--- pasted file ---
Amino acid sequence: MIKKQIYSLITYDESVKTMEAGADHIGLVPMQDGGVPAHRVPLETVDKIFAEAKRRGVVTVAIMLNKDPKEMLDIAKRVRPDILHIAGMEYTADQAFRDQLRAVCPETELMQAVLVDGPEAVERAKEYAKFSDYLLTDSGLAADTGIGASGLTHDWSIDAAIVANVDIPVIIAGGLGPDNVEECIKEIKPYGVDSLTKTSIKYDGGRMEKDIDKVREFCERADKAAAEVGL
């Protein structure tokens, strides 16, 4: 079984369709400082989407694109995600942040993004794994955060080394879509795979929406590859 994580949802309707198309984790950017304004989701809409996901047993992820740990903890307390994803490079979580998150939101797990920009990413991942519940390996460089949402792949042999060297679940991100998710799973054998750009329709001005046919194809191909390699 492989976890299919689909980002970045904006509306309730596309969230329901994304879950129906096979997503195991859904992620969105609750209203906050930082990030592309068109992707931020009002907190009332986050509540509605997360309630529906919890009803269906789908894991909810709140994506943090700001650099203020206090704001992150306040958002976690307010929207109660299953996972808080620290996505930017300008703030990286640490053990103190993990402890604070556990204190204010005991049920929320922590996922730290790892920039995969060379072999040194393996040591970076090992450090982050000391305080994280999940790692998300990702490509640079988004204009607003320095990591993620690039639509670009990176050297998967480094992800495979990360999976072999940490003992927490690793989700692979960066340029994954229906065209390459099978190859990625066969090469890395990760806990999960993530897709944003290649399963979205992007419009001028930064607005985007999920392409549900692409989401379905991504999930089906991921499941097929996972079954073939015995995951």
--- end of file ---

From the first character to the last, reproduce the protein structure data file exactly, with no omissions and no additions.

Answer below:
Amino acid sequence: MIKKQIYSLITYDESVKTMEAGADHIGLVPMQDGGVPAHRVPLETVDKIFAEAKRRGVVTVAIMLNKDPKEMLDIAKRVRPDILHIAGMEYTADQAFRDQLRAVCPETELMQAVLVDGPEAVERAKEYAKFSDYLLTDSGLAADTGIGASGLTHDWSIDAAIVANVDIPVIIAGGLGPDNVEECIKEIKPYGVDSLTKTSIKYDGGRMEKDIDKVREFCERADKAAAEVGL
């Protein structure tokens, strides 16, 4: 079984369709400082989407694109995600942040993004794994955060080394879509795979929406590859 994580949802309707198309984790950017304004989701809409996901047993992820740990903890307390994803490079979580998150939101797990920009990413991942519940390996460089949402792949042999060297679940991100998710799973054998750009329709001005046919194809191909390699 492989976890299919689909980002970045904006509306309730596309969230329901994304879950129906096979997503195991859904992620969105609750209203906050930082990030592309068109992707931020009002907190009332986050509540509605997360309630529906919890009803269906789908894991909810709140994506943090700001650099203020206090704001992150306040958002976690307010929207109660299953996972808080620290996505930017300008703030990286640490053990103190993990402890604070556990204190204010005991049920929320922590996922730290790892920039995969060379072999040194393996040591970076090992450090982050000391305080994280999940790692998300990702490509640079988004204009607003320095990591993620690039639509670009990176050297998967480094992800495979990360999976072999940490003992927490690793989700692979960066340029994954229906065209390459099978190859990625066969090469890395990760806990999960993530897709944003290649399963979205992007419009001028930064607005985007999920392409549900692409989401379905991504999930089906991921499941097929996972079954073939015995995951």